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Dream Theater are in a difficult place: no matter what they do, their many fans will complain. It is true that Six Degrees of Inner Turbulence did have some major weaknesses, but Train of Thought was blasted by fans for being too heavy, not having enough keyboards, and/or wasting James LaBrie. I agree that LaBrie's vocal parts were weak, but as for the other two, it was Dream Theater evolving. Fans just complained about the fact that Petrucci's guitar was dominant and overlooked the fact that it was them at their most consistent and strongest lyrically. They didn't meander off without a direction like they constantly did in "Scenes From a Memory." Unfortunately, Dream Theater listened to those fans and tried to fix everything that those fans have complained about: Petrucci is given no room to work, another 20+ epic was written, plus they tried to make themselves more accessible. Hence tracks 2-4 were penned: 2 being a sappy ballad, 3 seemingly inspired by Coldplay, and 4 sounding like modern U2. Few are the fans that will enjoy these, although now that I think about it, if they had done something more along the lines of "War"-era U2, the results might have been different; just a thought.
Anyway, "The Root of All Evil" has been trashed by many of the fans for some reason; I thought it was great. Heavy rhythm guitars and I like the tuning that Rudess used for his solo. Petrucci's solo is short and weak, but they redeem for that with a haunting piano outro (although I admit I have a weakness for piano outro's, some of my favorite songs being DT's "In the Name of God," Faith No More's "Epic," and Opeth's "Leper Affinity"). "Panic Attack" starts out with a complex bass section by Myung, and explodes into heavy 7-string riffing. This would probably be one of my favorite DT songs if Petrucci didn't deliver his weakest solo ever. In "Never Enough," Petrucci goes for quality instead of quantity, making his solo one of his best. "Sacrificed Sons" seems about 2-3 years late, being about the Twin Towers, but the instrumental section is great. This is really Petrucci's only extended solo, and he takes full advantage. His riff after the solo is memorable as well. I love the way that Mike Portnoy completely changes the rhythm of the song about 8:00 in, even with the rest of the band continuing the same riff. "Octavarium" is difficult for me to grade, because I have only heard several songs that long. I can't really tell if it's good or not as a whole; there are many slow and boring sections in the song, something that wasn't in "A Change of Seasons" and Symphony X's "Odyssey," which were interesting the entire way through, but then again, those two set the bar pretty high. Throughout the album James LaBrie proves he is not the weak link in the band. His vocal work is his best in ten years at least; especially in "The Root of All Evil" and "Never Enough" where his singing is top-notch.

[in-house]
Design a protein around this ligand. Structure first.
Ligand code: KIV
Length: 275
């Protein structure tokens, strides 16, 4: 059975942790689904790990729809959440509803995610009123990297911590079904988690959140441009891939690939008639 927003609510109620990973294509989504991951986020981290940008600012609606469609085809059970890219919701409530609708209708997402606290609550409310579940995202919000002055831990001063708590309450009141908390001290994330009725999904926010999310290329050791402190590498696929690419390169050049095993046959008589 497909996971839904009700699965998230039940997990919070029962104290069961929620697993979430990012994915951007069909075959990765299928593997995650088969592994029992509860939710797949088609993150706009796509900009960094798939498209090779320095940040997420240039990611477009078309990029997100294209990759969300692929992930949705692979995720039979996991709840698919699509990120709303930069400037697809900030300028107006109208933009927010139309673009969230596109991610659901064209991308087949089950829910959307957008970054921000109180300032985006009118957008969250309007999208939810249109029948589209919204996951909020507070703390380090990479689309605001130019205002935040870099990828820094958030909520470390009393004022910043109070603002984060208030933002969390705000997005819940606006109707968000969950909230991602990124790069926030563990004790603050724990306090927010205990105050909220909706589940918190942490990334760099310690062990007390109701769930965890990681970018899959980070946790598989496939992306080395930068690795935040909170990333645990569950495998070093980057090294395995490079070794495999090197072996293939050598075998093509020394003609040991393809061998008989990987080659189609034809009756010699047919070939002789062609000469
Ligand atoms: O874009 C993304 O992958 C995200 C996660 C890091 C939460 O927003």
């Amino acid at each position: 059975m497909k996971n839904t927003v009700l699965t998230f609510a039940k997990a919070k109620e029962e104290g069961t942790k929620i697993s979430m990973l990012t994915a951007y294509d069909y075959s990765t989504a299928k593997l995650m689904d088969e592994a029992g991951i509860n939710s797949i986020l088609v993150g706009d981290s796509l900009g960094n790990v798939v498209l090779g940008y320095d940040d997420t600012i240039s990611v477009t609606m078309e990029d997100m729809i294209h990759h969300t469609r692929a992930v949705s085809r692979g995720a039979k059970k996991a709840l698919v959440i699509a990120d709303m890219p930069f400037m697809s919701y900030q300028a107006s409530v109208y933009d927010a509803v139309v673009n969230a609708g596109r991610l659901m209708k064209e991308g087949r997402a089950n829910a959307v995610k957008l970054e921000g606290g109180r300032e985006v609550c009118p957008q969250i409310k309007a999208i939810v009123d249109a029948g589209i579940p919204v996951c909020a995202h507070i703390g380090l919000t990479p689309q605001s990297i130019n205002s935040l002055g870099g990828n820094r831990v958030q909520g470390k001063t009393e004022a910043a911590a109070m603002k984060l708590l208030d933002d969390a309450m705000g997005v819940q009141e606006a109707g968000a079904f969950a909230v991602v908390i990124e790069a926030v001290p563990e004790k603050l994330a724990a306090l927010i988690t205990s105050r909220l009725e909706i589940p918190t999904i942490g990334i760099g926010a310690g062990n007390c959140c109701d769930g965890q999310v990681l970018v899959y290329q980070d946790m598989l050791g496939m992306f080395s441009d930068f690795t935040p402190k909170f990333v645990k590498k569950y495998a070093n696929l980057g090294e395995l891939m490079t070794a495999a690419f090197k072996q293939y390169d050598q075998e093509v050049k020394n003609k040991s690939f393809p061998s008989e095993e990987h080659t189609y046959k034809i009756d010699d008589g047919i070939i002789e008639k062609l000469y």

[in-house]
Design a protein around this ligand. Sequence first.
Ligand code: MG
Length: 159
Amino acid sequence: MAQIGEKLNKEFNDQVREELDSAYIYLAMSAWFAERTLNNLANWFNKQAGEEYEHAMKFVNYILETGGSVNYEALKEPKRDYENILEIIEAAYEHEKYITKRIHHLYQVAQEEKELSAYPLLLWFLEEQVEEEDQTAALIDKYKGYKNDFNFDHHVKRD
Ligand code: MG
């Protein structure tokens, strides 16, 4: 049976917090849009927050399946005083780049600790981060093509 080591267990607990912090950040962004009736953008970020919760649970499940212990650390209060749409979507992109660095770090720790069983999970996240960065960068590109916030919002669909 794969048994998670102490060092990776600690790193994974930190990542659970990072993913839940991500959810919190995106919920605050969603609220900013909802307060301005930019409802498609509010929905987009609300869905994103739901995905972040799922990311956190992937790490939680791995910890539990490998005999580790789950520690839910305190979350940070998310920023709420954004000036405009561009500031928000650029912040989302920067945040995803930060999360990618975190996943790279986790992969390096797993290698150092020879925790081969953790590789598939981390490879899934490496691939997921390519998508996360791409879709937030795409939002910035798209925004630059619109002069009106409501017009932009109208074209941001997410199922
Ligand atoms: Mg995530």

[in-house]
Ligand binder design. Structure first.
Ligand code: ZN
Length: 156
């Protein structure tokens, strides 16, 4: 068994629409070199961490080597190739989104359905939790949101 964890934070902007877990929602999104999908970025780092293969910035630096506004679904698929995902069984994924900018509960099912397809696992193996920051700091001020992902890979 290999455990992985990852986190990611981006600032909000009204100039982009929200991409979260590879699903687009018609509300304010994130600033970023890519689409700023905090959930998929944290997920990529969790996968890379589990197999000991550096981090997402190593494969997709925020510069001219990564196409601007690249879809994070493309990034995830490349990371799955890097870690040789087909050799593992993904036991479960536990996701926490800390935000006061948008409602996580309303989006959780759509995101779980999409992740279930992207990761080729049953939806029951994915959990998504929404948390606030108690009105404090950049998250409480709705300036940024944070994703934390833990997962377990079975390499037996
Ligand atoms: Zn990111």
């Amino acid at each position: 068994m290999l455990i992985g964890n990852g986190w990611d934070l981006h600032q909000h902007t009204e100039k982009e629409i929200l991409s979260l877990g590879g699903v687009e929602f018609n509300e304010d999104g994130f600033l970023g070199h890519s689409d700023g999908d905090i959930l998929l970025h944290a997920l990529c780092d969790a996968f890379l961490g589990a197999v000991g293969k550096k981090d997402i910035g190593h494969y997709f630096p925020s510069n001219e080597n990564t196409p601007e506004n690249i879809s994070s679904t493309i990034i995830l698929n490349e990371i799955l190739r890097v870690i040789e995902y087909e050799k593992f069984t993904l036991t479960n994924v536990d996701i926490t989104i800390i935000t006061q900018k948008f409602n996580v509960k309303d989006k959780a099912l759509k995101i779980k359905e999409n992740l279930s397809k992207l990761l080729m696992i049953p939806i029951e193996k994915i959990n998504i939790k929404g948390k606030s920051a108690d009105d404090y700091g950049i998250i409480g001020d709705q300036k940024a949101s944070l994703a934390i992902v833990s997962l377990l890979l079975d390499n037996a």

Anyway, I wish people would stop comparing this to DT's past albums. It isn't a return to Images & Words, whoever says so is wrong. It is a progression, and while there are some good and even great moments, it is far from their best. Even so, there is enough good stuff to make this a worthy chapter in Dream Theater's history.